Thursday, March 5, 2015
Sixth District Revives Sex Assault Victim’s Claim Against Insurer
Panel Says Umbrella Policy’s Language May Provide Coverage, in Politically Charged Case
By KENNETH OFGANG, Staff Writer
A woman who was sexually assaulted at a party attended by a number of college athletes may have a viable claim against an insurance carrier that declined to defend or provide coverage to one of a baseball player who was allegedly involved, the Sixth District Court of Appeal has ruled.
The court yesterday certified for publication its Feb. 5 opinion reinstating Jessica Gonzalez’s suit against Truck Insurance Exchange, which provided an umbrella policy to the family of Stephen Rebagliati, one of eight De Anza College players who were accused in the 2007 incident. The panel did, however, affirm summary judgment in favor of Fire Insurance Exchange, saying a homeowner’s policy issued by the company was more narrowly worded than the Truck policy and provided no possibility of coverage.
Political Cause Celebre
The decision is the latest of many turns in a case that became a political cause celebre. The decision of then-Santa Clara County District Attorney Dolores Carr not to file criminal charges in the case became an issue in the 2010 election that she lost to one of her deputies, Jeff Rosen, by less than one percent of the vote.
The plaintiff, Jessica Gonzalez, was 17 years old when she attended the party outside San Jose. Drunk after consuming several shots of liquor, she was attacked by an unknown number of assailants.
She was eventually taken to the hospital by three members of the college’s women’s soccer team, who claimed that the men in the small bedroom where the attack occurred blocked them from coming in earlier. Gonzalez claimed in her complaint that Rebagliati was among those in the room.
She sued Rebagliati; his grandfather, who owned the house; and seven other baseball players. One of them was Scott Righetti, a pitcher who was reported to be related to longtime San Francisco Giants pitching coach Dave Righetti.
According to news accounts of the case, insurers for Scott Righetti and for Rebagliati’s grandfather paid settlements totaling upwards of $500,000. Rebagliati and another player stipulated to judgments for more than $2 million each, with the plaintiff agreeing not to execute in exchange for an assignment of the defendants’ claims against their insurers.
Three defendants were dismissed from the case, and two were found not liable by a jury.
Gonzalez then sued Fire and Truck for bad faith based on their denial of coverage in Rebagliati’s case. The insurers had repeatedly cited policy exclusions as relieving them of any duty to defend or provide coverage.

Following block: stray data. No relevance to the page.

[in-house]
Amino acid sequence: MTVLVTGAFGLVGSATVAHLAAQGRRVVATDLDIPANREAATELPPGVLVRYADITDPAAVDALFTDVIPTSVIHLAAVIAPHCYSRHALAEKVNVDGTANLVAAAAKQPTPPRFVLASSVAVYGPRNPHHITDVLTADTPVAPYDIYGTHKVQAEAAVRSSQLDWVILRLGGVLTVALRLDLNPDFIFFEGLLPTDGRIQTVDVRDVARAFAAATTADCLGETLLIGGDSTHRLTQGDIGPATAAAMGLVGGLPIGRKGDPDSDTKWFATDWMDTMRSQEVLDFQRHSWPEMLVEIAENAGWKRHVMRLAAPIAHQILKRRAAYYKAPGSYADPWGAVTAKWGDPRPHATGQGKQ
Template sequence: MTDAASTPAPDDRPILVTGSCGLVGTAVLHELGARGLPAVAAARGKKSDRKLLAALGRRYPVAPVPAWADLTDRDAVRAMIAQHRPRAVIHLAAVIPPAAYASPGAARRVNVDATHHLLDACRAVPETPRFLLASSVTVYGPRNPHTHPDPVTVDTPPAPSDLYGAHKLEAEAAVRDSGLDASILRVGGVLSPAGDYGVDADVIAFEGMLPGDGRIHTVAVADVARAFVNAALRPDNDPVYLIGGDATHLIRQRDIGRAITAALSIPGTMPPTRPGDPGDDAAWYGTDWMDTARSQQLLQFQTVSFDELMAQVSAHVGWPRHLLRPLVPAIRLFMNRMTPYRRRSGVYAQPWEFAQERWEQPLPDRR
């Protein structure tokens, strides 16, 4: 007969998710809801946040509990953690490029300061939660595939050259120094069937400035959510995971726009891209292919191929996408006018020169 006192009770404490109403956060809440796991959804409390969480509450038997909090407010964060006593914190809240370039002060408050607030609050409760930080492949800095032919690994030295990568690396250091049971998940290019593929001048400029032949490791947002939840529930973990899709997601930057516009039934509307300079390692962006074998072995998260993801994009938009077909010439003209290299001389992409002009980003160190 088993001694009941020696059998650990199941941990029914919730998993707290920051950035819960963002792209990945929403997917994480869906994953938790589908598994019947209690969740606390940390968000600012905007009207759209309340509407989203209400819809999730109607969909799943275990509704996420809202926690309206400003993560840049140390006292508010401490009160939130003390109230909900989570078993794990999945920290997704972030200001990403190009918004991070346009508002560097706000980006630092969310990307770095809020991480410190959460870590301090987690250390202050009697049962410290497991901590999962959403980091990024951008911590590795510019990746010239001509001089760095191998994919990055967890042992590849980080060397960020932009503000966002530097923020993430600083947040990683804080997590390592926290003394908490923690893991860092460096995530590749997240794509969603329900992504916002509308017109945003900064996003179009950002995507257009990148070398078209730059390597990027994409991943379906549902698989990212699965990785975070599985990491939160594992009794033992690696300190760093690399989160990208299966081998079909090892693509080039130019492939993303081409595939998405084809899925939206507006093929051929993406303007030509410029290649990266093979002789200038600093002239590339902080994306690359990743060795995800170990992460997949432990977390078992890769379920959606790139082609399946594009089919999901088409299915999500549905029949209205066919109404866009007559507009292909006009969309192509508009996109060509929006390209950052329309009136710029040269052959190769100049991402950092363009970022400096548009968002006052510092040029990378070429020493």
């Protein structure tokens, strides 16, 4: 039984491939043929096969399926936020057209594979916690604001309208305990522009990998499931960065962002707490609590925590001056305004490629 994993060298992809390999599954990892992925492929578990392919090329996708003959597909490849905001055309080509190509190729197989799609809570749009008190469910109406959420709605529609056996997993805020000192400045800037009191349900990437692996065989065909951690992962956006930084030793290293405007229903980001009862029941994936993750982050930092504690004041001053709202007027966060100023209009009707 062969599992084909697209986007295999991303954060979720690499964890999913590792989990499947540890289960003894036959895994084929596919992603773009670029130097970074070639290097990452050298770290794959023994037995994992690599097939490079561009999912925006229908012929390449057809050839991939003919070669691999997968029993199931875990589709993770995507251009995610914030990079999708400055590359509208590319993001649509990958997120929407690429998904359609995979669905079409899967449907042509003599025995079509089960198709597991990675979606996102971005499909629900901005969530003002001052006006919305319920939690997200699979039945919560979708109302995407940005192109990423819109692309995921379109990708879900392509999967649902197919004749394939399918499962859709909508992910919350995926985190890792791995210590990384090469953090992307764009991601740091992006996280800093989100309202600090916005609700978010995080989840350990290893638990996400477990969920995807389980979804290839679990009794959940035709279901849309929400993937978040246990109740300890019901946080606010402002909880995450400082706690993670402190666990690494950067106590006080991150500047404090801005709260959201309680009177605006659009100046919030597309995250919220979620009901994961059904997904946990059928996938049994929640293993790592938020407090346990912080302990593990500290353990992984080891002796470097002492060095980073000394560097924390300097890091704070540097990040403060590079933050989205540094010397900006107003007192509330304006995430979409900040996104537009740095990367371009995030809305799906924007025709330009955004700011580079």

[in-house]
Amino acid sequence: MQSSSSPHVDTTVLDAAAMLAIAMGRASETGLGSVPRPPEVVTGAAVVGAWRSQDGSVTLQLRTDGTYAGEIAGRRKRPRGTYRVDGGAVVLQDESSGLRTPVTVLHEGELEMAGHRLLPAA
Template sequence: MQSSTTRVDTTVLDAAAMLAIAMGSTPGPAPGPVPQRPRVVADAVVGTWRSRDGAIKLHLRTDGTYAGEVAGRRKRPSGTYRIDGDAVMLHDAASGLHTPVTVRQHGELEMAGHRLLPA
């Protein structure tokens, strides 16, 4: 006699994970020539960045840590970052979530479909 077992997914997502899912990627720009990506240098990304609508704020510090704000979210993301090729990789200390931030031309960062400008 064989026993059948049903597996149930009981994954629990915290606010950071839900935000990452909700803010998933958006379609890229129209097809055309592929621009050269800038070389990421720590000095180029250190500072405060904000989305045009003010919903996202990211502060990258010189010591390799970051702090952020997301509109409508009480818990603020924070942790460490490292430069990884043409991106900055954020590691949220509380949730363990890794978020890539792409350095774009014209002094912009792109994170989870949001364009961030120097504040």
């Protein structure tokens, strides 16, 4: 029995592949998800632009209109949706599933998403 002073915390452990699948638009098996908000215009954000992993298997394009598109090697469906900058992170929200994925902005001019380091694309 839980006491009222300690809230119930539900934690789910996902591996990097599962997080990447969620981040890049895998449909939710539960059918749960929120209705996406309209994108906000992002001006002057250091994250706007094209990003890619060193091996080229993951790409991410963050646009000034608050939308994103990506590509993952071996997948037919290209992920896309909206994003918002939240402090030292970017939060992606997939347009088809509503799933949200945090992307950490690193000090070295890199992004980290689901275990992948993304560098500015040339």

Santa Clara Superior Court Judge Mark Pierce granted summary judgment to both defendants, based on their policy language.
The Fire policy said there was no coverage for injury “caused intentionally by or at the discretion of an insured” or resulting “from any occurrence caused by an intentional act of any insured where the results are reasonably foreseeable.”
The Truck policy, which listed the Fire policy in its schedule of underlying policies, said it would damages resulting from “an occurrence” as defined in the policy, including “an accident,” or “offenses” causing personal injury. The policy also contained exclusions for damages “intended from the standpoint of an insured” and for “molestation of abuse of any person by” any covered individual.
Justice Eugene Premo, writing yesterday for the Court of Appeal, agreed that there was no possibility of coverage under the Fire policy.
He cited Lyons v. Fire Ins. Exchange (2008) 161 Cal.App.4th 880, in which the court found no possibility of coverage for a sexual assault claim under a policy, worded identically to the Fire policy as to which Gonzalez was saying, issued to former Major League Baseball player and broadcaster Steve Lyons.
Lyons’ mistaken belief that the woman who sued him would welcome his sexual advances did not render his alleged sexual assault and false imprisonment of her an “accident” requiring his insurer to provide a defense to her claims, the court held.
As in Lyons, Premo wrote, the acts which form the basis of Gonzalez’s claim were intentional, not accidental.
As to the Truck policy, however, the justice noted that there was no requirement that an incident resulting in personal injury be “accidental” to be covered. The insurer, he added, failed to carry its burden on summary judgment of showing that an exclusion certainly applied.
It was possible, for example, under the facts alleged, that Rebagliati did not engage in sexual assault, but engaged in other conduct that would have subjected him to liability, such as false imprisonment, or defamation following the assault, the justice said. If that were the case, the “sexual molestation” exclusion would not apply, Premo said.
Similarly, he wrote, because Rebagliati denied any wrongdoing, and because Truck’s papers in support of summary judgment contained no evidence to the contrary, it was arguable that neither the exclusion for “expected or intended” damages, nor the exclusion for “criminal acts,” applied.
The case is Gonzalez v. Fire Insurance Exchange, H038368.
Copyright 2015, Metropolitan News Company